Publication: Capital Bop
Author: Giovanni Russonello
Date: October 11, 2011
Branford Marsalis conveys his thoughts in conversation much as he does as a saxophonist. New ideas emerge with steady self-assurance, boldly and unceasingly. When he pauses he does it for emphasis – not because he has lost his train of thought or needs to reorient himself. If the tabloids could be bothered to expound on the scandals of the jazz world, Marsalis might be their go-to guy for headline-grabbing quotes. He’s called avant-garde legend Cecil Taylor’s demands on his audience “self-indulgent bullshit;” opined that “students today are completely full of shit,” overly coddled and under-criticized; and recently said of contemporary jazz, “There’s so little of it that’s actually good that when it’s good, it shocks me.” Marsalis’ hard-nosed perspective comes from decades spent as one of the most respected jazz saxophonists around, but it’s colored by his 10 years in the soap opera of American popular culture, first as a star in Sting’s touring band, then as musical director of the Tonight Show.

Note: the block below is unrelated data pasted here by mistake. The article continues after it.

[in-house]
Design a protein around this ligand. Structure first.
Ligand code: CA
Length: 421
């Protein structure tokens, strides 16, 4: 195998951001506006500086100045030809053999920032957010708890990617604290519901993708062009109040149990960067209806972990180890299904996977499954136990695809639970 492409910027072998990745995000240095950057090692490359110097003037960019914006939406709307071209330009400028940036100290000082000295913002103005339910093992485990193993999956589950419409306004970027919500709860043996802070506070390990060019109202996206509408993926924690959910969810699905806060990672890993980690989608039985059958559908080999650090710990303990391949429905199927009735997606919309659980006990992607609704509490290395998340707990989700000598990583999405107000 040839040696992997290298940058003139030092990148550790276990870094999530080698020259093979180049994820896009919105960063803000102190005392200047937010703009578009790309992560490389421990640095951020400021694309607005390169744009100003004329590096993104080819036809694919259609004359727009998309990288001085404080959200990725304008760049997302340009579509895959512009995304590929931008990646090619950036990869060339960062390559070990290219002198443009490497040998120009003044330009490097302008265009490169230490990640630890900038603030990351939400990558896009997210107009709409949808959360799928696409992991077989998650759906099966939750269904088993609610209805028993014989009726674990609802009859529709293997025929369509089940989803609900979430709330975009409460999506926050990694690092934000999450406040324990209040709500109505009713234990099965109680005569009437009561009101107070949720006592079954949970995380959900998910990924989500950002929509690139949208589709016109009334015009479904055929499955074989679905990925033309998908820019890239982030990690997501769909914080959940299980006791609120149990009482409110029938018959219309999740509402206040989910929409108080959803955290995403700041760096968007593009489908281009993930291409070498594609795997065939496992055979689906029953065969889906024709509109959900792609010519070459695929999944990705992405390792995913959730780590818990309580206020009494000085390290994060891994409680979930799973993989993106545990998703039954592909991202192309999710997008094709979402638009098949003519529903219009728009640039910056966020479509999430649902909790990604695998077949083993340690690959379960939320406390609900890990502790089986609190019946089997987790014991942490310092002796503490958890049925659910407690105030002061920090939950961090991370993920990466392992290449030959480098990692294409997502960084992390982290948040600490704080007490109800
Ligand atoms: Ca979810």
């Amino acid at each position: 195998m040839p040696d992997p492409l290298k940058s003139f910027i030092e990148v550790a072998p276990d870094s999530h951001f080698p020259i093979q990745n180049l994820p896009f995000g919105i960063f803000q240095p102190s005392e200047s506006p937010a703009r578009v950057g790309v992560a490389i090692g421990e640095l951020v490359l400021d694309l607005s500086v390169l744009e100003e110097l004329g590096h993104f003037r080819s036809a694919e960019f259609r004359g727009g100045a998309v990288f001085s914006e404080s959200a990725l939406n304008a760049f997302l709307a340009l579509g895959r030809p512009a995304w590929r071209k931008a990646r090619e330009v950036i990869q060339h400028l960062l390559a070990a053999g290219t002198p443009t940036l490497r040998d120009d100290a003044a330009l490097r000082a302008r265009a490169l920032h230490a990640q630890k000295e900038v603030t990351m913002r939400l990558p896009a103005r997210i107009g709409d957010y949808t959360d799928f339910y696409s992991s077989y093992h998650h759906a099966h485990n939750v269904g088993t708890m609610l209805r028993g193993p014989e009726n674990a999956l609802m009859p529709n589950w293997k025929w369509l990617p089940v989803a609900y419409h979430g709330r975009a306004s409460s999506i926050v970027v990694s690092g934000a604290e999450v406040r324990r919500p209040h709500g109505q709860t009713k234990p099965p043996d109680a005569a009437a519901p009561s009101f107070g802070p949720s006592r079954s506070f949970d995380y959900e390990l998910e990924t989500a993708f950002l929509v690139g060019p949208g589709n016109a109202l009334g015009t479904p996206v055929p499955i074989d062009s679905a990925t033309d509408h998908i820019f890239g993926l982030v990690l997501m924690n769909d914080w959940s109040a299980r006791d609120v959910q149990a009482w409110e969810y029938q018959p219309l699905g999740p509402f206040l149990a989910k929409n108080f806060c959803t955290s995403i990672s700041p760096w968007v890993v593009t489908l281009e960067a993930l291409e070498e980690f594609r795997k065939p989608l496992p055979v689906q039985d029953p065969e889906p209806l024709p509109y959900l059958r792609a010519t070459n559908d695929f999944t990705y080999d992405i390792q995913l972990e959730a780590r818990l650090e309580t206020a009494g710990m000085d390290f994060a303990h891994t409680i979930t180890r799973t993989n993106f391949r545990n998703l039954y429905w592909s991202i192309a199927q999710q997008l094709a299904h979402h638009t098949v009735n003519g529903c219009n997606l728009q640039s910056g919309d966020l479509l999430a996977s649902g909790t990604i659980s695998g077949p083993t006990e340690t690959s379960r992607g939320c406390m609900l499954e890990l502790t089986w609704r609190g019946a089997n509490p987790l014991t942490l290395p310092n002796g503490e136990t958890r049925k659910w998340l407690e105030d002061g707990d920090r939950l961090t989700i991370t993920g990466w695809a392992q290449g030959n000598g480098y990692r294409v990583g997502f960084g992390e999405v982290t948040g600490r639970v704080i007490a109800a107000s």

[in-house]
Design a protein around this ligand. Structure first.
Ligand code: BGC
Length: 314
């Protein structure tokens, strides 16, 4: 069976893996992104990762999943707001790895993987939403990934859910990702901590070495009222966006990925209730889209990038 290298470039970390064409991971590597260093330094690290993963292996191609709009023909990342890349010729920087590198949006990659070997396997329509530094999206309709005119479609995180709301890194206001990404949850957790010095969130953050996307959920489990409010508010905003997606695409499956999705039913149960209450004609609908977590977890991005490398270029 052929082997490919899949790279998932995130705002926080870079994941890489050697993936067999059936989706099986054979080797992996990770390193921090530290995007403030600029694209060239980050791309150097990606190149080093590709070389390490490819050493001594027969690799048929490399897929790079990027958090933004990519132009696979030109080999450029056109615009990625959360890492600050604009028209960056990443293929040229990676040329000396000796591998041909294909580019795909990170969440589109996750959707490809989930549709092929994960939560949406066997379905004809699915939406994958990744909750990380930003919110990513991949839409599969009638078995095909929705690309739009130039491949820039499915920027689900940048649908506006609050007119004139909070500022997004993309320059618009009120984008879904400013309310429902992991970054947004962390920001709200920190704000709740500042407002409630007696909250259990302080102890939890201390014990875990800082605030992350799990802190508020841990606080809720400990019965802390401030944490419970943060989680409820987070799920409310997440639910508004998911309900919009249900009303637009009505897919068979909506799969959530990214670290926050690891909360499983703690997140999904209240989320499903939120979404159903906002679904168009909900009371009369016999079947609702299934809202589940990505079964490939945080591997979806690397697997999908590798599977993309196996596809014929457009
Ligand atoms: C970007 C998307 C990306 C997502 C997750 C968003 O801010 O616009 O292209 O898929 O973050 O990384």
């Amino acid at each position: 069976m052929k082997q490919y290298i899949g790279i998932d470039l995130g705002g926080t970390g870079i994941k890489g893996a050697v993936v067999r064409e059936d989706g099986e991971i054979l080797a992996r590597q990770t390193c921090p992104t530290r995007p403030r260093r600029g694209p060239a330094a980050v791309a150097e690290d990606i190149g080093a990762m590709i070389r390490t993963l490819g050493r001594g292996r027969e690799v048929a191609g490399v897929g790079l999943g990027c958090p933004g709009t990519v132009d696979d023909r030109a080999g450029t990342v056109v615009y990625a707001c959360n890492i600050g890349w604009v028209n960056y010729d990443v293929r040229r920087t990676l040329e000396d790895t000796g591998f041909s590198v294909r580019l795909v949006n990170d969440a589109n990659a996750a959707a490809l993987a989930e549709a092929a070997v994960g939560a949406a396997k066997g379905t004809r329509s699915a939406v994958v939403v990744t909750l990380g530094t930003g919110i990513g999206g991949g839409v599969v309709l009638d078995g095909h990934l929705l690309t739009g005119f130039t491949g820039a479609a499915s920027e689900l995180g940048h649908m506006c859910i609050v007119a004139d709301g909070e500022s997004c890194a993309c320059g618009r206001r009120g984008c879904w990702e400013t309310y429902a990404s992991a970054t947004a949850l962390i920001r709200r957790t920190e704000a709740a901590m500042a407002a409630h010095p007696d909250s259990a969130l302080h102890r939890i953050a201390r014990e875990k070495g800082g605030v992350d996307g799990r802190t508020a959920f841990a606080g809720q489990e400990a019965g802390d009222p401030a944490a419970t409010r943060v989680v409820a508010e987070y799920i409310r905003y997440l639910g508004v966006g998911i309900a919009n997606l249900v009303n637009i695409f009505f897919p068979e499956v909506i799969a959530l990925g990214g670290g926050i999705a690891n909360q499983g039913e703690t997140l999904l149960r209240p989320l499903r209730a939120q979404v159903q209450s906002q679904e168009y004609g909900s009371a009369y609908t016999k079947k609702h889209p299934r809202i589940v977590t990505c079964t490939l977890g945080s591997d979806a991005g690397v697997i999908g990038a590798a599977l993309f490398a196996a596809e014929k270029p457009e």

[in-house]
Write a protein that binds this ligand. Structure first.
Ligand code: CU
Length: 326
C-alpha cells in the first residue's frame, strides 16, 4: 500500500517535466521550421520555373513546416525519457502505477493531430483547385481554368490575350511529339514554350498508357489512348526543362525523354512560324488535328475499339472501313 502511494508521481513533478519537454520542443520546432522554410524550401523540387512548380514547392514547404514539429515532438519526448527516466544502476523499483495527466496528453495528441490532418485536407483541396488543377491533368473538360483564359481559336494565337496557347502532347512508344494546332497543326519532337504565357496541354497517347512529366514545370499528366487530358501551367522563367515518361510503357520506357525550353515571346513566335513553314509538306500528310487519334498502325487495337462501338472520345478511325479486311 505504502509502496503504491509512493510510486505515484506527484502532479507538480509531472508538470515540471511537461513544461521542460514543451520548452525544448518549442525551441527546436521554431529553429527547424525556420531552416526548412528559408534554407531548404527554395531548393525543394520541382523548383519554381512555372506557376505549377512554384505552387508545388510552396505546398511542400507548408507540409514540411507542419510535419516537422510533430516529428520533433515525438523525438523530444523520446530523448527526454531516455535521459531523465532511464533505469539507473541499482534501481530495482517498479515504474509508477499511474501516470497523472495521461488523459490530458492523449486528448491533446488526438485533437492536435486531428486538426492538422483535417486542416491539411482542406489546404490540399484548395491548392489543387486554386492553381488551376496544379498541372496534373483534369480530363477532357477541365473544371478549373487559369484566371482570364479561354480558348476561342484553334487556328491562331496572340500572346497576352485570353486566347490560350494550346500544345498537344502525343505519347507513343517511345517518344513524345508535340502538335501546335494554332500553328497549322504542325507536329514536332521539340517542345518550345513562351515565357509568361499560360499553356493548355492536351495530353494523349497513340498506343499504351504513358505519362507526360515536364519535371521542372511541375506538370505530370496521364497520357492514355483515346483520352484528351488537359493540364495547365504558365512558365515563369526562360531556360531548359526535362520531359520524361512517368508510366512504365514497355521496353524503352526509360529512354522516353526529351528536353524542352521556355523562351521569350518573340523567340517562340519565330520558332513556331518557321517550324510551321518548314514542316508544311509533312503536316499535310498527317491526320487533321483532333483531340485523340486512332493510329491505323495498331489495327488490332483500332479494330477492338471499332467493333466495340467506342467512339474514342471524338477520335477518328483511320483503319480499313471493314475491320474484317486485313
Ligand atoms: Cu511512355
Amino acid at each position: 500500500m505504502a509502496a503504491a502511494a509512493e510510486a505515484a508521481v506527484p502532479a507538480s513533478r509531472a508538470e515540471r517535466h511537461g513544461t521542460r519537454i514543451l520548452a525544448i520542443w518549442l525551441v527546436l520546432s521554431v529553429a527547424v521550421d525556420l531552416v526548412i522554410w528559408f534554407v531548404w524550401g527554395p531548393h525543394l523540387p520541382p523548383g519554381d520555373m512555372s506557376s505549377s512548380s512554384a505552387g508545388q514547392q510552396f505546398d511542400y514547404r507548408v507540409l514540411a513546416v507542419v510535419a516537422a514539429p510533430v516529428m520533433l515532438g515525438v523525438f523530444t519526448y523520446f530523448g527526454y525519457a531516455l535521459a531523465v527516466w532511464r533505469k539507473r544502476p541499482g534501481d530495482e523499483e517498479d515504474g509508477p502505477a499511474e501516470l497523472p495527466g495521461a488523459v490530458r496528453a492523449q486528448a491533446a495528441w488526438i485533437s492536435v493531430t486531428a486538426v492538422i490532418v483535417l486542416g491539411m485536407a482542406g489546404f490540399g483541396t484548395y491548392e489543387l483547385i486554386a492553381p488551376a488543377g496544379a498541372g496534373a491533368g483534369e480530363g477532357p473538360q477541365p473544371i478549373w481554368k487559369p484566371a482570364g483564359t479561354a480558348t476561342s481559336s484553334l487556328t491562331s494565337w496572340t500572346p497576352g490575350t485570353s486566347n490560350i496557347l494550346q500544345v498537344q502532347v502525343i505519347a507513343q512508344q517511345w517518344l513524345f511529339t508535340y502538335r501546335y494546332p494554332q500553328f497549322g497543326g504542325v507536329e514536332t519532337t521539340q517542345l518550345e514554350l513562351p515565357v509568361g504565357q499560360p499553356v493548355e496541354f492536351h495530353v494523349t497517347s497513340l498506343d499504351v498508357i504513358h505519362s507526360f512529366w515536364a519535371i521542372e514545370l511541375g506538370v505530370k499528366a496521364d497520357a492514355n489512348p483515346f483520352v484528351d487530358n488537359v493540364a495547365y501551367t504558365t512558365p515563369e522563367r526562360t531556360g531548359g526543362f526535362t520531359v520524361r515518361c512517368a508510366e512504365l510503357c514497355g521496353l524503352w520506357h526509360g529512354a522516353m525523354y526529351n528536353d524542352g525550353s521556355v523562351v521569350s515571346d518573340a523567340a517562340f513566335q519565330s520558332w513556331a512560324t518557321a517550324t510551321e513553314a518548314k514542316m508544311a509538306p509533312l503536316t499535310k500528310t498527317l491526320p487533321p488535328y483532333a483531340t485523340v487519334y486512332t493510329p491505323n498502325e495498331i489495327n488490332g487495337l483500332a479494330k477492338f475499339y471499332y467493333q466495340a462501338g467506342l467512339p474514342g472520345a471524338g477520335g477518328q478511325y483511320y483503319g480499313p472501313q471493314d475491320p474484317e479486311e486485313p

For more than 15 years now, Marsalis has focused once again on jazz, releasing a bevy of stellar post-bop albums and founding his own label, Marsalis Music. His latest record, Songs of Mirth and Melancholy, a duet with pianist and longtime accomplice Joey Calderazzo, explores the alternately disconsolate and ecstatic world of German classical folk music, or lieder. Read more »